Former Red Lake principal outlines strategies for achieving ambitious grad goal
RED LAKE -- Red Lake Nation's tribal council set an ambitious goal earlier this week: a 100 percent graduation rate for students there. John Eggers, a longtime educator and former Red Lake High School principal who spoke to the council before the...
RED LAKE -- Red Lake Nation’s tribal council set an ambitious goal earlier this week: a 100 percent graduation rate for students there.
John Eggers, a longtime educator and former Red Lake High School principal who spoke to the council before their vote to approve the grad rate goal, has some ideas to get them there.
“They did the first big step,” Eggers said of the council. “The next step is to keep that goal in front of the people.”
That, Eggers said, means getting parents, school district staff, and students themselves more involved via literature, media coverage, newsletters, and community meetings. That way, community leaders can talk to parents about strategies to keep their kids engaged at school: regularly reading together and having books in the house; eating together at home; going to school events; having one-on-one time with their kids’ teachers; and stressing to their children the importance of graduating from high school.
“Once you get that, the next step is to look at how this can be a mindset,” Eggers said. An example of that type of mindset: American Indian culture generally lets elders eat first at a meal or feast, Eggers said.
“And everybody understands that because it's been indoctrinated, it's part of their culture, and so it's become a mindset,” Eggers said. Another example: Red Lake High School’s basketball teams have won consistently for years now, and players there know they’re expected to play hard and win.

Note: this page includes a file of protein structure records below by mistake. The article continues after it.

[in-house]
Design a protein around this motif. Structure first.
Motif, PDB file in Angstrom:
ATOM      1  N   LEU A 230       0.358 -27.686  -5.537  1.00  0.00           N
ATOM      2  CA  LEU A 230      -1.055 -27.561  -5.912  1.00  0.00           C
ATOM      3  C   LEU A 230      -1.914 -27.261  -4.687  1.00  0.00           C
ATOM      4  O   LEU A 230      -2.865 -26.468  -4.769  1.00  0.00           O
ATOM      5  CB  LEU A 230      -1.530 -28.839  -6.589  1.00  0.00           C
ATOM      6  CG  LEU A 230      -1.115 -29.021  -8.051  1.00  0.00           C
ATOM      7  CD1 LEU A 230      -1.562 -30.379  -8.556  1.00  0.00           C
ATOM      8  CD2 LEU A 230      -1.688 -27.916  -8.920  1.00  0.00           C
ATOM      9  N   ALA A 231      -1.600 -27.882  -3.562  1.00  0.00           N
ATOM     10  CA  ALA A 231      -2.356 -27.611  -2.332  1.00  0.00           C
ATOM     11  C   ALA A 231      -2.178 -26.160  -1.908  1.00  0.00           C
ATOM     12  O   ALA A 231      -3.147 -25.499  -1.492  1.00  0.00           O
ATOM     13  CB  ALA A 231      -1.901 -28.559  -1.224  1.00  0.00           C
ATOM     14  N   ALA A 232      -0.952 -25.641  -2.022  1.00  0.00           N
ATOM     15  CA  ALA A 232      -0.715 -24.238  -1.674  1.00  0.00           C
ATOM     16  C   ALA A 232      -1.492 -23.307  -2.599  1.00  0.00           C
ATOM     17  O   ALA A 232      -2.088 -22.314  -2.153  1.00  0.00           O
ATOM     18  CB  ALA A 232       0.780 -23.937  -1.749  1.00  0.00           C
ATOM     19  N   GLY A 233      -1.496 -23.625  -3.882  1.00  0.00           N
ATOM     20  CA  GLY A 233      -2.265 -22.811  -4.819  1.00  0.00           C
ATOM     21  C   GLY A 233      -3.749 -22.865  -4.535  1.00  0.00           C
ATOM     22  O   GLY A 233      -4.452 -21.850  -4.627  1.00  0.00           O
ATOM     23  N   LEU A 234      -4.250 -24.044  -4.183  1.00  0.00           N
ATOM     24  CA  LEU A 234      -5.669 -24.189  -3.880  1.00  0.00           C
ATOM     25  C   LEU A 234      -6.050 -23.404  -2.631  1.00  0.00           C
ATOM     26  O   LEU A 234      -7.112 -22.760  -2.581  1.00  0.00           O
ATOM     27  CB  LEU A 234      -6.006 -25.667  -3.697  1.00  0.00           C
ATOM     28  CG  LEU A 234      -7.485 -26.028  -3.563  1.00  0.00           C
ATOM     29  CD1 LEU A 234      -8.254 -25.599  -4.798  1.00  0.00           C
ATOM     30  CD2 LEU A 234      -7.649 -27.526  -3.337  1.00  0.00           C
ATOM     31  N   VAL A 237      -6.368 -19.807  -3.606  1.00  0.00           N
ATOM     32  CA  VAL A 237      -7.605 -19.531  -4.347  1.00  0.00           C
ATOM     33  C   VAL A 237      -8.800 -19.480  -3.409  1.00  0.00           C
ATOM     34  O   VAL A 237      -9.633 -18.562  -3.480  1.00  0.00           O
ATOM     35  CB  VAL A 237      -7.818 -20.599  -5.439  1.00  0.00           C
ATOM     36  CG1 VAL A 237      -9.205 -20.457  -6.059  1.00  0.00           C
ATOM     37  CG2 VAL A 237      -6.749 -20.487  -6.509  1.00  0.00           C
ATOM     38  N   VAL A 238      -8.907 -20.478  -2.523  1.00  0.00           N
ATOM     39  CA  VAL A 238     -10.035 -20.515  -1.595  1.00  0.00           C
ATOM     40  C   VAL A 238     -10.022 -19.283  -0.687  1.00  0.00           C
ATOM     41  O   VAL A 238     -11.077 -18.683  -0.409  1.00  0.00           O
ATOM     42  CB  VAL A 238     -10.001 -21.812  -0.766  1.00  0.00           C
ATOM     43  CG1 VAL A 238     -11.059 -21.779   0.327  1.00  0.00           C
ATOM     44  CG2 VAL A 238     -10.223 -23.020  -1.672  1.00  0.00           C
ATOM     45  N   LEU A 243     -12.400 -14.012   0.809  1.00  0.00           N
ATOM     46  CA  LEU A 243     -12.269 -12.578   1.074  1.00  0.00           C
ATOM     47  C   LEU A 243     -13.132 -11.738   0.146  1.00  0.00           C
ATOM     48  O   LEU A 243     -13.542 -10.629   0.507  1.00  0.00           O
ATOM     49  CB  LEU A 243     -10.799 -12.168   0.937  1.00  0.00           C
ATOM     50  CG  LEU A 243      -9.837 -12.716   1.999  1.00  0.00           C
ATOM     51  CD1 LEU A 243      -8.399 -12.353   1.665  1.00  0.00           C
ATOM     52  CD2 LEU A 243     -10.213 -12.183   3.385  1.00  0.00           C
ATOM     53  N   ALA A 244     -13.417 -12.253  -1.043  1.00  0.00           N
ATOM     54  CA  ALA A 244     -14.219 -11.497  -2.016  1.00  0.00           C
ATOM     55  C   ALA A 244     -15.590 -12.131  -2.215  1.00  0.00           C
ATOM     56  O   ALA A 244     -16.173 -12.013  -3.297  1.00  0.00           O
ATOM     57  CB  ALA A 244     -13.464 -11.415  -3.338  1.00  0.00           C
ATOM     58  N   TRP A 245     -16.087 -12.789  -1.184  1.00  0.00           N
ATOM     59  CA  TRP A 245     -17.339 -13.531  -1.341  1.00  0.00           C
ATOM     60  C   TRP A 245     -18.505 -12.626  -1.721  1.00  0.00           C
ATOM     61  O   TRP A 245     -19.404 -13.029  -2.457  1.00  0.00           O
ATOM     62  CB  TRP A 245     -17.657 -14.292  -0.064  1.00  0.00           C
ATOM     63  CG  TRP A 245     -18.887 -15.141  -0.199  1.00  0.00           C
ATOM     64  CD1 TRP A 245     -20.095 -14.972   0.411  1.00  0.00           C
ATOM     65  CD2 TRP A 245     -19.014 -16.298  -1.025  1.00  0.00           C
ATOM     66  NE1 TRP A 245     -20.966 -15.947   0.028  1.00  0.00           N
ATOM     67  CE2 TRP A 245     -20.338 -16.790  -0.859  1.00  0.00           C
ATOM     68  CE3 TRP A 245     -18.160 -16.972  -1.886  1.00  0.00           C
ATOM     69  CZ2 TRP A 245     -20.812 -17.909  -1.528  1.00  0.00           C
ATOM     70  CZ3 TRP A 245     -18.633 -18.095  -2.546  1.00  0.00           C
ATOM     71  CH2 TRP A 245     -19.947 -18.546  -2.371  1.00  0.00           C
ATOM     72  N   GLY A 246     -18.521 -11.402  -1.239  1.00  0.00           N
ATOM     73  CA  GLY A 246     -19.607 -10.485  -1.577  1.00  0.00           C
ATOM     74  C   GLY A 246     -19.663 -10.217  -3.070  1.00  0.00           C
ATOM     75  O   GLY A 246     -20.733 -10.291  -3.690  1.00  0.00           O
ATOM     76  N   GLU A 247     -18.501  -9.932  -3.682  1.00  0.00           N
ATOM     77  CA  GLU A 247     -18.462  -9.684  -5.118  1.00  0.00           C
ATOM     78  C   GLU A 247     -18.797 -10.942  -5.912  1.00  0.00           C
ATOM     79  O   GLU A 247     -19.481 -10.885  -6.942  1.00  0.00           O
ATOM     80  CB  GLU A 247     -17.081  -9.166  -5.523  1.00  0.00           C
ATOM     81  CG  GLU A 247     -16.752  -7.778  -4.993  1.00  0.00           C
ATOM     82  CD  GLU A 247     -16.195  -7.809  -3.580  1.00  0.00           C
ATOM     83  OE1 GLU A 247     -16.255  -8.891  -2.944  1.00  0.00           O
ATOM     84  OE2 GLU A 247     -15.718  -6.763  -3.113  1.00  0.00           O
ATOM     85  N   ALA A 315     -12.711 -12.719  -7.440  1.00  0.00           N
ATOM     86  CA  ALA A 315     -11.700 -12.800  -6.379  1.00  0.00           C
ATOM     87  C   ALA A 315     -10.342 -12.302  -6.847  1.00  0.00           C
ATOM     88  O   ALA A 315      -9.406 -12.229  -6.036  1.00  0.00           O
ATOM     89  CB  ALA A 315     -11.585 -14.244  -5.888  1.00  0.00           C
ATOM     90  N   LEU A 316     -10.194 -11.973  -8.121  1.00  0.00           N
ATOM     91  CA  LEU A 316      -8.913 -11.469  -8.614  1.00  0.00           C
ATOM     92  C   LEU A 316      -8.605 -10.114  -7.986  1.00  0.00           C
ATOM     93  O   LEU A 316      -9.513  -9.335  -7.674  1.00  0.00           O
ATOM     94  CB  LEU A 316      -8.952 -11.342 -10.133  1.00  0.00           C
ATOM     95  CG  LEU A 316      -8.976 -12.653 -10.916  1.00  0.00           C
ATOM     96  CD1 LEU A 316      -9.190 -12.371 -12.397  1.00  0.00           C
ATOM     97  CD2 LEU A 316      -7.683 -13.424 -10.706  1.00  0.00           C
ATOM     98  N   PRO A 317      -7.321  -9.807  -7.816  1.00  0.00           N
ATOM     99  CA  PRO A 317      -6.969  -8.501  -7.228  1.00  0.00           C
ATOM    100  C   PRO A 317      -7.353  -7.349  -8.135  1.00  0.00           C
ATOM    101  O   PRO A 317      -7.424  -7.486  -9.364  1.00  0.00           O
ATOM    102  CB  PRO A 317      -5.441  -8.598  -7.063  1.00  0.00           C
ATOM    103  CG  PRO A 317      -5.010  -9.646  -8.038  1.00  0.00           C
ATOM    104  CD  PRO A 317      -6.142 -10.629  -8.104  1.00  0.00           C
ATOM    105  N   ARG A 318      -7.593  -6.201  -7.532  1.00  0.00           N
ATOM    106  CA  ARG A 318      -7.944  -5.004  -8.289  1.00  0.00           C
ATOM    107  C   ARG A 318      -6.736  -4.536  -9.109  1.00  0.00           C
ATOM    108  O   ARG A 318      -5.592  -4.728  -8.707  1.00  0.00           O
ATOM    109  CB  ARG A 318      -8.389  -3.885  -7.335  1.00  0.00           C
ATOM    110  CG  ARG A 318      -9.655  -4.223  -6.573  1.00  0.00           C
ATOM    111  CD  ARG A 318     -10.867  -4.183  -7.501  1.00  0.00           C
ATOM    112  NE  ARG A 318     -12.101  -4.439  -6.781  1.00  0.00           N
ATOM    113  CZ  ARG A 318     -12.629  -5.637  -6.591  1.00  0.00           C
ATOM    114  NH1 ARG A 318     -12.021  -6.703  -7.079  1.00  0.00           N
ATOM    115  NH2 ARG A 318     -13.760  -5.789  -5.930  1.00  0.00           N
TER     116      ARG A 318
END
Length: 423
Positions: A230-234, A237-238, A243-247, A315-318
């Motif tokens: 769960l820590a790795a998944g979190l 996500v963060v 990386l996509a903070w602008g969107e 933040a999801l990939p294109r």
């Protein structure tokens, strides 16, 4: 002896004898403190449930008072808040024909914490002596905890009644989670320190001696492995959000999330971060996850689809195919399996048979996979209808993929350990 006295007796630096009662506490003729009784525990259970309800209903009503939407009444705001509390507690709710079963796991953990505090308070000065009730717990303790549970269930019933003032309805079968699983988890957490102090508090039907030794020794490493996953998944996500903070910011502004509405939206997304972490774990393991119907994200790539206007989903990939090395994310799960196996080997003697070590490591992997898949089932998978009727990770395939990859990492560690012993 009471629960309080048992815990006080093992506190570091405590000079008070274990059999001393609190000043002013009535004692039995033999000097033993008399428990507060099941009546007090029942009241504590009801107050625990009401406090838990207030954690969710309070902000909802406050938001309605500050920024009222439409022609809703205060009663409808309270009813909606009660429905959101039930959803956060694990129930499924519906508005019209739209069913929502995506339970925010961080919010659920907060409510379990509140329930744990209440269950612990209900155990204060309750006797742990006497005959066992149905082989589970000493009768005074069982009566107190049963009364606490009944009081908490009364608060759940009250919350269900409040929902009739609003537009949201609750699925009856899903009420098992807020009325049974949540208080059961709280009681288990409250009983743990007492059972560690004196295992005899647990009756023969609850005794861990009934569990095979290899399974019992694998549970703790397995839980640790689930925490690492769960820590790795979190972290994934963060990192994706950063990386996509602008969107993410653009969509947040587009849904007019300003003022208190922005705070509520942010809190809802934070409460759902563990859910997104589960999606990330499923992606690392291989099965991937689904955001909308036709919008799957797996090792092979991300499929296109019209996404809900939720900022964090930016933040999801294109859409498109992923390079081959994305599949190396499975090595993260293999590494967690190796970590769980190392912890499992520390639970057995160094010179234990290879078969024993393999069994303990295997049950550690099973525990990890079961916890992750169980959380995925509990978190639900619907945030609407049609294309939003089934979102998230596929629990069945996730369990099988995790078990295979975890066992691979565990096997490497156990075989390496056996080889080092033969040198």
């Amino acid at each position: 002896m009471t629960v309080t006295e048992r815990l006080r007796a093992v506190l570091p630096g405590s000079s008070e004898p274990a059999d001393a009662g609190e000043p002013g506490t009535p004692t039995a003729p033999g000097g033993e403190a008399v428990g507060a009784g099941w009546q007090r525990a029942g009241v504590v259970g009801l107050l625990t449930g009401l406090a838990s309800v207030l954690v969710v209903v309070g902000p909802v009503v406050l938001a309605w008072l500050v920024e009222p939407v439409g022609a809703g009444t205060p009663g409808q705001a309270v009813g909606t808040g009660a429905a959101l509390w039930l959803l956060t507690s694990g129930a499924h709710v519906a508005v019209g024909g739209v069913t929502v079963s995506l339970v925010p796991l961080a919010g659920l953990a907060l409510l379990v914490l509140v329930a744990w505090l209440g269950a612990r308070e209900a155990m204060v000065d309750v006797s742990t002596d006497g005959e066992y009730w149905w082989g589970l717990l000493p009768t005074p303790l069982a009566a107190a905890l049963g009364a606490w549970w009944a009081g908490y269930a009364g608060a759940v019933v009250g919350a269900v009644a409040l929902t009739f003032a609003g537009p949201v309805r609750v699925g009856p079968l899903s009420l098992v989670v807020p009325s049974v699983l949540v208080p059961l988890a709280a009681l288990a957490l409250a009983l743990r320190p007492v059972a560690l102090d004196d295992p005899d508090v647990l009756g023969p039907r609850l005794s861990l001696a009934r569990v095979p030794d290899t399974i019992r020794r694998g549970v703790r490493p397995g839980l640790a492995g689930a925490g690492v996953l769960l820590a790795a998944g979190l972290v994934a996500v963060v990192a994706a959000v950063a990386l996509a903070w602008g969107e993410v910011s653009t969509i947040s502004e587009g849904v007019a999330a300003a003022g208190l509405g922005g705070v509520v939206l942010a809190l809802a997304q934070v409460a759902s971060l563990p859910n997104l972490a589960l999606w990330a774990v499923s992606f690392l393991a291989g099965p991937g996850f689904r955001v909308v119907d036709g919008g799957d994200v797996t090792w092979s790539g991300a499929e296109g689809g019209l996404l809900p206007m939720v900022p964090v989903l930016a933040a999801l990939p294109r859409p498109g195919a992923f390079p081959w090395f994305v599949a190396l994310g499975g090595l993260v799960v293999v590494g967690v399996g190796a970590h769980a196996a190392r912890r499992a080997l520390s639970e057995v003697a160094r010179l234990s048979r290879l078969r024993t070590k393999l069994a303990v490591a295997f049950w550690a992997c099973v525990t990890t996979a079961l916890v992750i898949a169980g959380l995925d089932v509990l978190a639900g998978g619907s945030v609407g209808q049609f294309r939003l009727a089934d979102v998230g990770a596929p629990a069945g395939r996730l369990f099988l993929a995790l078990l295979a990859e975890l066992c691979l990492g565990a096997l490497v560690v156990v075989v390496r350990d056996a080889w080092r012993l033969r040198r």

“I really believe that the graduation rate can become a mindset, too,” Eggers said. Community leaders like the tribal council, he said, can be role models themselves by ensuring that their own children and grandchildren graduate from high school. And Red Lake School District itself can devise new ways to recognize and react to the early warning signs of a future dropout, many of which present themselves in elementary grades: more “reading recovery” work, home or over-the-phone visits from teachers -- even something as simple as displaying teachers’ high school diplomas on classroom walls as a conversation piece can help accentuate the importance of graduating.
Beyond the tribal council’s vote, Eggers said he plans to meet with Red Lake’s new superintendent to discuss strategies, and help the council identify someone to help make sure the graduation goal doesn’t lose focus.
“What alternative do we have?” Eggers asked rhetorically. “We aren’t going to let those kids go.”
The Minnesota Department of Education reported that 35.9 percent of Red Lake High School students in the class of 2016 graduated then.